Posts Tagged ‘Economic history’

Hindsight, it’s a wonderful thing

21 September 2010

By Kevin O’Sullivan

‘Governments, consultancies and investment banks rushed to hire economists, who were thought to possess vital skills and information. Historians, by contrast, were treated as mere entertainers and storytellers. They were archive-grubbers, lacking in scientific method – good on television, but useless with a PowerPoint and no help in government or the boardroom.’

A tad simplistic, a little provocative, Gideon Rachman’s comments in the Financial Times on the difference between historians and economists – he’s on ‘our’ side – have stuck in my brain. And not just because of the conversation they sparked in that august journal and across the blogosphere.

About a week ago, I gave a paper at a symposium organised by the Development Studies Association Ireland, the lone historian among a cohort of social scientists, economists, aid workers, natural scientists, aid officials and bureaucrats. Great company and a great audience to test some of the theories of my current project – the history of Irish foreign aid, in 15 short minutes. But I could see it in their eyes, and I could hear it in the question of one audience member: yes, this is all very well and a nice little story too, but what does it tell us about aid giving in the recessionary climate of 2010?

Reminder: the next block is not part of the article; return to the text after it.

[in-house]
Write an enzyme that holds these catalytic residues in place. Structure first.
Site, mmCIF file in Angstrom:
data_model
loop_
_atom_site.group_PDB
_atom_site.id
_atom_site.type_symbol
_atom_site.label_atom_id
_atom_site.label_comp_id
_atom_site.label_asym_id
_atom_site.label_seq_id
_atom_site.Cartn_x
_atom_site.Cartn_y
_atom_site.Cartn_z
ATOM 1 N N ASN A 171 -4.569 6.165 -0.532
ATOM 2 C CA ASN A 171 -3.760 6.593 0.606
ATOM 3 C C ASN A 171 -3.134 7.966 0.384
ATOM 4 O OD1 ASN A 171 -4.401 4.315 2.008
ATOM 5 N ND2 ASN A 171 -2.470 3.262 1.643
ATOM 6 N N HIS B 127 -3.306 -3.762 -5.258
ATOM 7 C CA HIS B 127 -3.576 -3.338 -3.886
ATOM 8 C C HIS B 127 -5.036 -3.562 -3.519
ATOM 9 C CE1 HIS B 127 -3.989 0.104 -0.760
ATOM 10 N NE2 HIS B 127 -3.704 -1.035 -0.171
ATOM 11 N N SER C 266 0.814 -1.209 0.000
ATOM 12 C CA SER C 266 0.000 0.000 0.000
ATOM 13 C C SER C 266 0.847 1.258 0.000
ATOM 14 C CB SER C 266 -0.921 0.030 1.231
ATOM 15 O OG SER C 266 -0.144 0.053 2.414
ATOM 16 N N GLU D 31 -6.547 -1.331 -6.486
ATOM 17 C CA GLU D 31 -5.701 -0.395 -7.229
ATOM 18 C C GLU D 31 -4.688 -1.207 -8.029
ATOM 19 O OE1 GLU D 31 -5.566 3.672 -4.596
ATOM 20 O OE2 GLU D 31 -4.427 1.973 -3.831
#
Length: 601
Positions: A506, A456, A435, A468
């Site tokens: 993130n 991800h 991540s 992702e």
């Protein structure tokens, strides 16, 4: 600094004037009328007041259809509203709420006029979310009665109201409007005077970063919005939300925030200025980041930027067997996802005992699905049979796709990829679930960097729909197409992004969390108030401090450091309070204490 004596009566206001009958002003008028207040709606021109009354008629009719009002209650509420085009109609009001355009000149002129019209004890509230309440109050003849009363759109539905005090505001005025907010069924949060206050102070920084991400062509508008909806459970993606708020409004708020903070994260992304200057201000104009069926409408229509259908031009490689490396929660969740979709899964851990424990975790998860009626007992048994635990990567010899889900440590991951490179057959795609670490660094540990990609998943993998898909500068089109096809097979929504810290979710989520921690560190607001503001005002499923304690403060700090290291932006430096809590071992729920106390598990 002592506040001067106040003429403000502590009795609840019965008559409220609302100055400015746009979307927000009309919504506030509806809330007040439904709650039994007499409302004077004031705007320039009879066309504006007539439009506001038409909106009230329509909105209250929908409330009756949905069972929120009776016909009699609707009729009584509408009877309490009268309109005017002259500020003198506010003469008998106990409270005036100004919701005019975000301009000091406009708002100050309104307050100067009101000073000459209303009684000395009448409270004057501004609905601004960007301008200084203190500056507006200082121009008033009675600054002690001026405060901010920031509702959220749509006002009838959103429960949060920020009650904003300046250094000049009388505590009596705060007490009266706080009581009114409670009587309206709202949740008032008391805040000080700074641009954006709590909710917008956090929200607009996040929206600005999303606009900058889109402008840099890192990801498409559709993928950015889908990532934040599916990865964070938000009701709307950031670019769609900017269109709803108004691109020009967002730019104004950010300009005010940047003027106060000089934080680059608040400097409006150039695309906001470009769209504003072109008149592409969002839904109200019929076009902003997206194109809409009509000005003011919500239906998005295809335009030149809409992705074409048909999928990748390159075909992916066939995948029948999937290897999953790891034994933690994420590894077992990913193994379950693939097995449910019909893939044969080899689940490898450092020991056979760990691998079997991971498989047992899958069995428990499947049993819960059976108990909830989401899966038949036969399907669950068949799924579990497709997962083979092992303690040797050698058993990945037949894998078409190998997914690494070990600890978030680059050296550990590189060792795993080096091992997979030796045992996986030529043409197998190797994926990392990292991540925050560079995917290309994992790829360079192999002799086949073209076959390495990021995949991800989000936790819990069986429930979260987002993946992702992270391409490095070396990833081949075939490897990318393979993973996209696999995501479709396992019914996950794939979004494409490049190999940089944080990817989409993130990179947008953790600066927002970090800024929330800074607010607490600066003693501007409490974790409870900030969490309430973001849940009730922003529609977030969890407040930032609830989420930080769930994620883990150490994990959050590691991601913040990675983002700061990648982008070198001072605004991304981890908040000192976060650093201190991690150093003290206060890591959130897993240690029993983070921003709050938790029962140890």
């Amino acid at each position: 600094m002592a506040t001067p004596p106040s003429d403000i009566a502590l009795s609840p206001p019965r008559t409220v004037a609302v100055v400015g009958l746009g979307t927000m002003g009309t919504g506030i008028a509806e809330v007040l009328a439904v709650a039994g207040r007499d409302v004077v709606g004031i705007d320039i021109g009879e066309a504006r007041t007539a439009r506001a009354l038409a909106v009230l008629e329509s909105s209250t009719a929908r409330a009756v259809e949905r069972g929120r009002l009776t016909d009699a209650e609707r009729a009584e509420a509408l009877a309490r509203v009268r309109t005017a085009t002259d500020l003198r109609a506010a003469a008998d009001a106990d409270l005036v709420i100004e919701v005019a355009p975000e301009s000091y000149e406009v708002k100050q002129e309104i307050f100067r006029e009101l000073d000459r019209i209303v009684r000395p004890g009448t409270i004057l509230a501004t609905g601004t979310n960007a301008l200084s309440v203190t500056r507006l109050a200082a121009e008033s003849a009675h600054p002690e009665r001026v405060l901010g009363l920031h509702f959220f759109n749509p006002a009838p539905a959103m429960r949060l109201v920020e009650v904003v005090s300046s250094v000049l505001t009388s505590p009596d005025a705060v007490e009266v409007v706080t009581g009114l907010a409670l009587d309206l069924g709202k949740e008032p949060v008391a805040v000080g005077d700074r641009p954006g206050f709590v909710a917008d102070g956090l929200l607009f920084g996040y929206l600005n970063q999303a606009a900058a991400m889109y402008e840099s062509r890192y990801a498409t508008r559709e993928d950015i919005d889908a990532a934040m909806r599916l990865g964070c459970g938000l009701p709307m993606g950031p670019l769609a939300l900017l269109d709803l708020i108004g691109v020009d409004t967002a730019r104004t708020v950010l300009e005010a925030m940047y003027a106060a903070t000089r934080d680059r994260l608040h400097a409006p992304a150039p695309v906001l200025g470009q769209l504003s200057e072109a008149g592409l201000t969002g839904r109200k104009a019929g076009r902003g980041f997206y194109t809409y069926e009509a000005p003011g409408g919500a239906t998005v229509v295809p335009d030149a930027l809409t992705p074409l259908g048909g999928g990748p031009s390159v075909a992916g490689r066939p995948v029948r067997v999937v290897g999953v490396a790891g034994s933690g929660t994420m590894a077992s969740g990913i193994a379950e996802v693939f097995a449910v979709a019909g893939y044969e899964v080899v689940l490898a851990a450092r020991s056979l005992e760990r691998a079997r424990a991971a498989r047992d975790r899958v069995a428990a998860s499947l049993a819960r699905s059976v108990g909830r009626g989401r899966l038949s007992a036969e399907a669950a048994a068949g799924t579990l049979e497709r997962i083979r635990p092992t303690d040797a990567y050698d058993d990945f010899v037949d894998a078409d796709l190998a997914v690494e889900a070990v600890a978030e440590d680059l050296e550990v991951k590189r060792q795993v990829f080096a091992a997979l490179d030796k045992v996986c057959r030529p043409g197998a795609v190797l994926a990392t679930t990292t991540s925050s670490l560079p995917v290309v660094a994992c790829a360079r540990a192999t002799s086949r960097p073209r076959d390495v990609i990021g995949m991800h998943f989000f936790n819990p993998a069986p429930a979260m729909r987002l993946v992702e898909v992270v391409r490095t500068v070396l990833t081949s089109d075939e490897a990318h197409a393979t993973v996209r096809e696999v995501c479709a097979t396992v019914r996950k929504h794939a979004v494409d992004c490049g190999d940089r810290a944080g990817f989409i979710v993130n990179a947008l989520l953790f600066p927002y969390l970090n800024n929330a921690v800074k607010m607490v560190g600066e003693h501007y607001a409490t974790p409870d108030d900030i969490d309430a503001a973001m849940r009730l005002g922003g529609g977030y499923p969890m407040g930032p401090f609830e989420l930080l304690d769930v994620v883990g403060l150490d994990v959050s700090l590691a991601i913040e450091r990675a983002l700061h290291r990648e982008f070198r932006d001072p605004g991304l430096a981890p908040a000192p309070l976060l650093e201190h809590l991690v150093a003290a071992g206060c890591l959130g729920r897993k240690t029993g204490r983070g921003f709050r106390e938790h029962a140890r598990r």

Well, quite a lot actually, I replied. But just what is not the point of this post. Or, rather, it is. Read More

Waterford Crystal

1 October 2009

By Lisa-Marie Griffith

CIMG0969George and  William Penrose opened their glassworks at Waterford in 1783.  For over two hundred and twenty-five years the city has been home to some of the finest craftsmen in Ireland who were producing some of the world’s most beautiful crystal. You would have to have been living on another planet to have missed the news of the factory closure earlier this year. I was on a visit home to Waterford last weekend and popped into the  Granary, the cities history museum. One of their exhibits on the history of Waterford Crystal reminded me that the factory closure is not just a financial loss that will affect the community but a huge cultural loss to Ireland. The growth of Waterford and the history of the city is linked closely to the Glass Factory and as a proud Déise I will have to admit it is hard to believe that it is gone. Read more